4,057
When transmitting pulse do you need to have the receiver
sampled/enabled ? Thats one way of ignoring the noise.

Another way use open drain output on a UP as an analog
switch to ground to translate the high Z line into low Z when
transmitting.

Google "pcb board crosstalk", a number of hits.

Regards, Dana.

#### Sensacell

Joined Jun 19, 2012
2,587
Transmitting and receiving at the same time implies an enormous difference in signal levels.

The scope traces looks pretty clean to me, based on my attempts at similar designs?
Typically a 'BLANKING' pulse is used during TX events, to keep the RX circuits from saturating when the TX fires.

#### crutschow

Joined Mar 14, 2008
25,267
To reduce the signal further, two analog switches can be used, one in series, and one at the output to ground.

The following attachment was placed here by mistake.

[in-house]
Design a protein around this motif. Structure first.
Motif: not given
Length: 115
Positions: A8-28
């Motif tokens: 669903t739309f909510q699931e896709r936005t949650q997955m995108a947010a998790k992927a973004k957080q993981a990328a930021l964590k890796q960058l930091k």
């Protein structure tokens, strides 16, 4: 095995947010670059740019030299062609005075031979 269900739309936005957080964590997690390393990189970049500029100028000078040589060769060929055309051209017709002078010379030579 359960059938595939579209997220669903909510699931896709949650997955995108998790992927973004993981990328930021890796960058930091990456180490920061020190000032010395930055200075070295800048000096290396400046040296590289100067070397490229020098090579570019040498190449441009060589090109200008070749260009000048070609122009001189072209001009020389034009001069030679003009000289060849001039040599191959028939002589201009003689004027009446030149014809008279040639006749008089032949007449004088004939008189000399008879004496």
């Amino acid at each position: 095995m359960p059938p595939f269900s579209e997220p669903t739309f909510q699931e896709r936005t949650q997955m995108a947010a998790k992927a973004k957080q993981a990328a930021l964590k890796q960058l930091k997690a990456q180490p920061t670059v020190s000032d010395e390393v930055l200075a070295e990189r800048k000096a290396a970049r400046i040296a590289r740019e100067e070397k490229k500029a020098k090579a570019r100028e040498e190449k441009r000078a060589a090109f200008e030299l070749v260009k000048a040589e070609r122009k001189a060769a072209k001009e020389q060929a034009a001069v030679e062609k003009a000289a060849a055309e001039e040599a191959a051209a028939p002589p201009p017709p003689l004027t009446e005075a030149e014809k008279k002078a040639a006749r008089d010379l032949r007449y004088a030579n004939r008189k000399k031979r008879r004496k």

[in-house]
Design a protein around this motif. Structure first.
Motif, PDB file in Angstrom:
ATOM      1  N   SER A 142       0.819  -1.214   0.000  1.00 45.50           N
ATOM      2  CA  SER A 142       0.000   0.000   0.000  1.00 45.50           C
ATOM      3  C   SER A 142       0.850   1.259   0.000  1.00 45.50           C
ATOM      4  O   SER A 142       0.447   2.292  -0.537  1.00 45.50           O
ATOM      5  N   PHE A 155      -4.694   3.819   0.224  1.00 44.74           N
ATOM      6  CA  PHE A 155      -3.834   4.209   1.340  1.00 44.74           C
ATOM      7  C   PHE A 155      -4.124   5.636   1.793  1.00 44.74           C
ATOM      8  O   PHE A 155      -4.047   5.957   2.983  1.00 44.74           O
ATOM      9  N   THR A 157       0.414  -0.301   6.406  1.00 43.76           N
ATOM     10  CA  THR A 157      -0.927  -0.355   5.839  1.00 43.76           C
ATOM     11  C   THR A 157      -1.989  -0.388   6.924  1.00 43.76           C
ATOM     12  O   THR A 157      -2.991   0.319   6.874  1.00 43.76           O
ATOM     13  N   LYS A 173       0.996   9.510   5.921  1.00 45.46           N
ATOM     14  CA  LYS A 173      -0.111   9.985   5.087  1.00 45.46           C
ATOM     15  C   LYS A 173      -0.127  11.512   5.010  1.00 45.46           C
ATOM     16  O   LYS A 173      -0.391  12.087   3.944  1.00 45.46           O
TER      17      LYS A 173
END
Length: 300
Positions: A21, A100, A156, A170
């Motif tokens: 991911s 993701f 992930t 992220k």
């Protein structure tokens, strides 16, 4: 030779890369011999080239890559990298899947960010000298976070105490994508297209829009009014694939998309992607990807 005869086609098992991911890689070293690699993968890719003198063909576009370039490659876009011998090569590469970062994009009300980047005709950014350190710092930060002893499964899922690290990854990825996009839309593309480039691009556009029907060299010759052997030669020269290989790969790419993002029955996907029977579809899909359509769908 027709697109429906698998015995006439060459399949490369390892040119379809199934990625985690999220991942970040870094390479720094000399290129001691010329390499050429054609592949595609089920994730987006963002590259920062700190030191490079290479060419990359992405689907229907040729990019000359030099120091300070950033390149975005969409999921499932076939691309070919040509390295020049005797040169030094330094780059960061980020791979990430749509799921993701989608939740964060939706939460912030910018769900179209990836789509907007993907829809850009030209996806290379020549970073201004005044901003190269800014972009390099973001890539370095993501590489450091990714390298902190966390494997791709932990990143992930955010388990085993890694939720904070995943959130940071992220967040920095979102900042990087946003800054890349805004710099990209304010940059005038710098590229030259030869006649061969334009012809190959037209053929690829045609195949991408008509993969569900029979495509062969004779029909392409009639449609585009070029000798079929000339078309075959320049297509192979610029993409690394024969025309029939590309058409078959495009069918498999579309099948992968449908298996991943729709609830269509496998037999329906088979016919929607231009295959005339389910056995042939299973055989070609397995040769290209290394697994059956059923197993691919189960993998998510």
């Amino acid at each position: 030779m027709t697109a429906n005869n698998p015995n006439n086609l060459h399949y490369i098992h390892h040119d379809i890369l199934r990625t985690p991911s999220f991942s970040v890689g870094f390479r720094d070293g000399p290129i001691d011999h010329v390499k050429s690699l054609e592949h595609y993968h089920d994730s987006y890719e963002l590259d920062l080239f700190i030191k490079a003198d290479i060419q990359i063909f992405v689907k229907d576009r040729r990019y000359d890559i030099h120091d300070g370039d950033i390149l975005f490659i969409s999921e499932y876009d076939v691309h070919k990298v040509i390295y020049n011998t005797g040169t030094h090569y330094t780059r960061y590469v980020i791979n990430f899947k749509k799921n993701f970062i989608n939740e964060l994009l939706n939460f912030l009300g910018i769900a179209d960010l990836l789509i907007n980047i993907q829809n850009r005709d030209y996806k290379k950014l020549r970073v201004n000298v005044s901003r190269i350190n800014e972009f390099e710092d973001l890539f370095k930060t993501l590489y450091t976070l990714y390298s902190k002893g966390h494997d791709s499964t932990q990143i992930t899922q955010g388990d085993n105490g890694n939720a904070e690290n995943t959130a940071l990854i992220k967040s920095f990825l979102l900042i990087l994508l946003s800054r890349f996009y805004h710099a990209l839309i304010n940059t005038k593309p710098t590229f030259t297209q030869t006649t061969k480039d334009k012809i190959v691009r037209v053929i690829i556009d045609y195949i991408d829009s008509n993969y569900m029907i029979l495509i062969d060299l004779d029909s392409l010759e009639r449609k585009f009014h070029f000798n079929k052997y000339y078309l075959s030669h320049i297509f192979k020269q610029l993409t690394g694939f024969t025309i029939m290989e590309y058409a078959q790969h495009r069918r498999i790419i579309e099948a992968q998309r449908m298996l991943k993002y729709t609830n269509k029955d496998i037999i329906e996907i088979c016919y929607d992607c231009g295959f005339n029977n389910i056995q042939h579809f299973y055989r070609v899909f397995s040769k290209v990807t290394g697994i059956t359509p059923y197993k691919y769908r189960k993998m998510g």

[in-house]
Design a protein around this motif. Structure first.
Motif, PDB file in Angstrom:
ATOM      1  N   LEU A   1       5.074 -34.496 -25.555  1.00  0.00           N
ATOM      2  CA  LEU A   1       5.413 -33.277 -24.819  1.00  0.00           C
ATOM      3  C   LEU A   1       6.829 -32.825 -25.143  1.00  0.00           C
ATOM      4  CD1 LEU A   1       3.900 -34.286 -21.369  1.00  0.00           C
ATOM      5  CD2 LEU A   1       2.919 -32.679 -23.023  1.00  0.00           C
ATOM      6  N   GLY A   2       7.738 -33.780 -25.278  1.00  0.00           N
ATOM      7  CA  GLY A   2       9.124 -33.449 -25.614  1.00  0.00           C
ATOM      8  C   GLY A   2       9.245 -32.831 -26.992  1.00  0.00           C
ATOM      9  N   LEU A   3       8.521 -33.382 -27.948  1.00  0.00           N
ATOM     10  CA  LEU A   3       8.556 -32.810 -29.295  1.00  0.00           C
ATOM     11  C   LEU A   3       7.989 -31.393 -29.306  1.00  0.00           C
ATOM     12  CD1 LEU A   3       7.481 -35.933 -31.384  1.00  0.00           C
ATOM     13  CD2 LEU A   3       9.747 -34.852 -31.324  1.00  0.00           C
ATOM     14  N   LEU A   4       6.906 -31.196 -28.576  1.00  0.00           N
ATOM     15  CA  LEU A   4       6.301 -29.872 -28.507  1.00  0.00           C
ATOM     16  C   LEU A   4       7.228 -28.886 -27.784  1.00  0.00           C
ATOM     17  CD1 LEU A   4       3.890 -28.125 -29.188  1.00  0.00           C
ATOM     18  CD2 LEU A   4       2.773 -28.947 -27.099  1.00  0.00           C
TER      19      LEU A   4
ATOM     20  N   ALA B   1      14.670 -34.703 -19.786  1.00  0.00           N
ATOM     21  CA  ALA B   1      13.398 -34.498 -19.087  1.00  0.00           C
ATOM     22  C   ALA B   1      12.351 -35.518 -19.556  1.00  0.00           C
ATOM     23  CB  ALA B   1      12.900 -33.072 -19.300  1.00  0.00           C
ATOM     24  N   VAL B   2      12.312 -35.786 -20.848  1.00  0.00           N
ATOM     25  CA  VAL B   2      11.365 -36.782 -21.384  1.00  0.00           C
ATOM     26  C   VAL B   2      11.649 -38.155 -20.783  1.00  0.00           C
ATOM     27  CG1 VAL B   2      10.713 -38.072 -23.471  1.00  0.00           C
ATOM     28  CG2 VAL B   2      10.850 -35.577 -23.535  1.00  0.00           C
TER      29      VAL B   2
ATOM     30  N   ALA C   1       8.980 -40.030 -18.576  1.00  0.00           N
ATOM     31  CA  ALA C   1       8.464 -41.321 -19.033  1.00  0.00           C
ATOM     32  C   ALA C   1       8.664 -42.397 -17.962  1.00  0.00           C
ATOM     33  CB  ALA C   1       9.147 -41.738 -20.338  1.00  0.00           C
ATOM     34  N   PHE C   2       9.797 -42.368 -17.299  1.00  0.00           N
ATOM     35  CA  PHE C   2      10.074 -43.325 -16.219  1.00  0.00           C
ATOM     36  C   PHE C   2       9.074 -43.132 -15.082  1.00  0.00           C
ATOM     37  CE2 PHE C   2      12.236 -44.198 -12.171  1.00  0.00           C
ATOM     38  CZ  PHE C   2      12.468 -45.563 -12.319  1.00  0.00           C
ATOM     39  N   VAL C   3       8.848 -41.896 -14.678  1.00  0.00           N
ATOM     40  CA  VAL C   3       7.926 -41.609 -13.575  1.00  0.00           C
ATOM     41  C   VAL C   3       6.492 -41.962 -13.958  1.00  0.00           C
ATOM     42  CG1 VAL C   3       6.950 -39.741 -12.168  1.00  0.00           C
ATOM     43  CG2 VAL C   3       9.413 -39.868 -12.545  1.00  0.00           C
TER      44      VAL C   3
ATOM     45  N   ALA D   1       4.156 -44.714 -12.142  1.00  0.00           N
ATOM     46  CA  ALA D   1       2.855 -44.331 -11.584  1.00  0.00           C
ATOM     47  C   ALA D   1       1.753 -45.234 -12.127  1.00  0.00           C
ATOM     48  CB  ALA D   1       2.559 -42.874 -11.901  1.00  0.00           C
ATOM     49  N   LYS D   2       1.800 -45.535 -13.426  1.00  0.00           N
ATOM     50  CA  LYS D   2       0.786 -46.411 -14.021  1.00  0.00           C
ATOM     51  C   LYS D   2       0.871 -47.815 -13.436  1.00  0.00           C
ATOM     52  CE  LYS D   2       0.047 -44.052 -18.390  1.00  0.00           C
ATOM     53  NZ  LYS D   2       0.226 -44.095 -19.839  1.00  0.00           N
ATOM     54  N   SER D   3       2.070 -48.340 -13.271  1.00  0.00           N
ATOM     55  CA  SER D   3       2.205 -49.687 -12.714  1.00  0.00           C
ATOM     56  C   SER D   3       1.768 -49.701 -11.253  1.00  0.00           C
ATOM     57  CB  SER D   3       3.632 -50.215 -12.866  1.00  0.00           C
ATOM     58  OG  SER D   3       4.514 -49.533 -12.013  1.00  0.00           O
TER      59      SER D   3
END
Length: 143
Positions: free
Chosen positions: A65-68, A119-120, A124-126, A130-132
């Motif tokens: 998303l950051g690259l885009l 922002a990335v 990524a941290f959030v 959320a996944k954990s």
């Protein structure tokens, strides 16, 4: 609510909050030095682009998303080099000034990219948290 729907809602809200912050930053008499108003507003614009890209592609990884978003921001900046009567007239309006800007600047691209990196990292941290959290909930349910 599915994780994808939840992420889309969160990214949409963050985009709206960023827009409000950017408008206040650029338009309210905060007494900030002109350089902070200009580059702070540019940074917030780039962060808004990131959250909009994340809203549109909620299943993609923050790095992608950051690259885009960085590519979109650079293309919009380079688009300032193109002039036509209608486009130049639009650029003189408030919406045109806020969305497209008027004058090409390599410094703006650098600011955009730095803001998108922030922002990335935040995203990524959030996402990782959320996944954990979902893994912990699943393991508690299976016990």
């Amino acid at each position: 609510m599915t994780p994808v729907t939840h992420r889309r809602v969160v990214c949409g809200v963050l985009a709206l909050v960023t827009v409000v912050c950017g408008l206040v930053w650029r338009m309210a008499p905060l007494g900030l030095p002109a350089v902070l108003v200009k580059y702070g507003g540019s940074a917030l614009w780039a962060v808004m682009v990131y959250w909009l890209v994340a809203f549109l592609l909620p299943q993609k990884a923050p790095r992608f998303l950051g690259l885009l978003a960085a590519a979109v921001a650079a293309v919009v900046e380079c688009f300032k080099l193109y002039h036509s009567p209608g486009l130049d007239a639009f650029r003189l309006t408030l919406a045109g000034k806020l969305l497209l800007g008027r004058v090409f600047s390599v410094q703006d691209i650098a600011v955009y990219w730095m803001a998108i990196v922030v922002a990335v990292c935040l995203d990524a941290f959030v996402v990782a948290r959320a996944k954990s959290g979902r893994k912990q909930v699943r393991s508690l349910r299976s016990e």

They are switched out-of-phase so that when the series one is off, the one to ground is on and vice-versa.

Alternately, add as low resistance resistor as possible on the receive trace to help absorb any crosstalk

Thread Starter

#### novacircuit

Joined Jan 27, 2018
11
When transmitting pulse do you need to have the receiver
sampled/enabled ? Thats one way of ignoring the noise.

Another way use open drain output on a UP as an analog
switch to ground to translate the high Z line into low Z when
transmitting.
I'm looking for the exact start of the signal so I really need as little noise as possible to catch the very first rise :/

"Muting" the other transmitter (or receiver) outputs is something I've thought about, but that means running long traces out to the UP which are connected to the sensitive receive lines .. could end up picking up a bunch of extra interference.

Transmitting and receiving at the same time implies an enormous difference in signal levels.